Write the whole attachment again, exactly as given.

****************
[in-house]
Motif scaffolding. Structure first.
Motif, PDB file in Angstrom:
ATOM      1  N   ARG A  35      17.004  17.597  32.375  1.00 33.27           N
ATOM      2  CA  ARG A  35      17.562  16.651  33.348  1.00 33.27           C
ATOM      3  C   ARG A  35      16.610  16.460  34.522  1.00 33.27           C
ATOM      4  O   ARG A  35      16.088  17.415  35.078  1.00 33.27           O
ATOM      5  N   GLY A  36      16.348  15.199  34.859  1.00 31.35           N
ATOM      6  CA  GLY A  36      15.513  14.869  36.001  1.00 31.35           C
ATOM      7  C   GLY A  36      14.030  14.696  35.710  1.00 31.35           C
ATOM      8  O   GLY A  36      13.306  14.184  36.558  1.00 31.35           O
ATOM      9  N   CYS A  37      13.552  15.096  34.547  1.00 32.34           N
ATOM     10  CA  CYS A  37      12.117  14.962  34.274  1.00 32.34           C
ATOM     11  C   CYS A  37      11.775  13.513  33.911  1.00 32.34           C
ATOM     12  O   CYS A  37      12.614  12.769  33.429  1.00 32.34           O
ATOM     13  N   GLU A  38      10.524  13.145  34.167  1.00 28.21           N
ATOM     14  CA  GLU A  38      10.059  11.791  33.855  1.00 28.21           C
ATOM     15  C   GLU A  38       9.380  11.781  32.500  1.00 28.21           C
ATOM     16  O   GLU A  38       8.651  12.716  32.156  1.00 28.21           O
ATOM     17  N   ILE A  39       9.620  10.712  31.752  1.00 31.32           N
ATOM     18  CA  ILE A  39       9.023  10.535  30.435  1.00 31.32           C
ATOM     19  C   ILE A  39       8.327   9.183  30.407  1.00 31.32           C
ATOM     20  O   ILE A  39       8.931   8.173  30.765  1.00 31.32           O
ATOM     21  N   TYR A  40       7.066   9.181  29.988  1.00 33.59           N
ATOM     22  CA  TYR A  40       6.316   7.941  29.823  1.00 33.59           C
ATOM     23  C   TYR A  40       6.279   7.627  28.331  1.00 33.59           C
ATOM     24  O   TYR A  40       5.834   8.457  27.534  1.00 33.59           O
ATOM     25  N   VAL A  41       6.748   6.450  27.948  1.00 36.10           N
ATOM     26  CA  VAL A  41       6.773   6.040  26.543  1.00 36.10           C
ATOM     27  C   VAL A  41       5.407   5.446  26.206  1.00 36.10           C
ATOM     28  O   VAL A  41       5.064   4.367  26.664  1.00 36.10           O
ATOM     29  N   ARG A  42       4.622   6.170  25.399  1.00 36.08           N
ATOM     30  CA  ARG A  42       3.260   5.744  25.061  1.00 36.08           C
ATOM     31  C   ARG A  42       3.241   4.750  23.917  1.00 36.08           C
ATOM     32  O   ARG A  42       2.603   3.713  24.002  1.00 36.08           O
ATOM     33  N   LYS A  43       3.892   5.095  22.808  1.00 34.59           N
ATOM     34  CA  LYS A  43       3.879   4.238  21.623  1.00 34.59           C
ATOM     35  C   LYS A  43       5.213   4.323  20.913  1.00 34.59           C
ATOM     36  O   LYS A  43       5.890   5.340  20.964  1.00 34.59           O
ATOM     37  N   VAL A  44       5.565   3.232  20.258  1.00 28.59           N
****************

[in-house]
Motif scaffolding. Structure first.
Motif, PDB file in Angstrom:
ATOM      1  N   ARG A  35      17.004  17.597  32.375  1.00 33.27           N
ATOM      2  CA  ARG A  35      17.562  16.651  33.348  1.00 33.27           C
ATOM      3  C   ARG A  35      16.610  16.460  34.522  1.00 33.27           C
ATOM      4  O   ARG A  35      16.088  17.415  35.078  1.00 33.27           O
ATOM      5  N   GLY A  36      16.348  15.199  34.859  1.00 31.35           N
ATOM      6  CA  GLY A  36      15.513  14.869  36.001  1.00 31.35           C
ATOM      7  C   GLY A  36      14.030  14.696  35.710  1.00 31.35           C
ATOM      8  O   GLY A  36      13.306  14.184  36.558  1.00 31.35           O
ATOM      9  N   CYS A  37      13.552  15.096  34.547  1.00 32.34           N
ATOM     10  CA  CYS A  37      12.117  14.962  34.274  1.00 32.34           C
ATOM     11  C   CYS A  37      11.775  13.513  33.911  1.00 32.34           C
ATOM     12  O   CYS A  37      12.614  12.769  33.429  1.00 32.34           O
ATOM     13  N   GLU A  38      10.524  13.145  34.167  1.00 28.21           N
ATOM     14  CA  GLU A  38      10.059  11.791  33.855  1.00 28.21           C
ATOM     15  C   GLU A  38       9.380  11.781  32.500  1.00 28.21           C
ATOM     16  O   GLU A  38       8.651  12.716  32.156  1.00 28.21           O
ATOM     17  N   ILE A  39       9.620  10.712  31.752  1.00 31.32           N
ATOM     18  CA  ILE A  39       9.023  10.535  30.435  1.00 31.32           C
ATOM     19  C   ILE A  39       8.327   9.183  30.407  1.00 31.32           C
ATOM     20  O   ILE A  39       8.931   8.173  30.765  1.00 31.32           O
ATOM     21  N   TYR A  40       7.066   9.181  29.988  1.00 33.59           N
ATOM     22  CA  TYR A  40       6.316   7.941  29.823  1.00 33.59           C
ATOM     23  C   TYR A  40       6.279   7.627  28.331  1.00 33.59           C
ATOM     24  O   TYR A  40       5.834   8.457  27.534  1.00 33.59           O
ATOM     25  N   VAL A  41       6.748   6.450  27.948  1.00 36.10           N
ATOM     26  CA  VAL A  41       6.773   6.040  26.543  1.00 36.10           C
ATOM     27  C   VAL A  41       5.407   5.446  26.206  1.00 36.10           C
ATOM     28  O   VAL A  41       5.064   4.367  26.664  1.00 36.10           O
ATOM     29  N   ARG A  42       4.622   6.170  25.399  1.00 36.08           N
ATOM     30  CA  ARG A  42       3.260   5.744  25.061  1.00 36.08           C
ATOM     31  C   ARG A  42       3.241   4.750  23.917  1.00 36.08           C
ATOM     32  O   ARG A  42       2.603   3.713  24.002  1.00 36.08           O
ATOM     33  N   LYS A  43       3.892   5.095  22.808  1.00 34.59           N
ATOM     34  CA  LYS A  43       3.879   4.238  21.623  1.00 34.59           C
ATOM     35  C   LYS A  43       5.213   4.323  20.913  1.00 34.59           C
ATOM     36  O   LYS A  43       5.890   5.340  20.964  1.00 34.59           O
ATOM     37  N   VAL A  44       5.565   3.232  20.258  1.00 28.59           N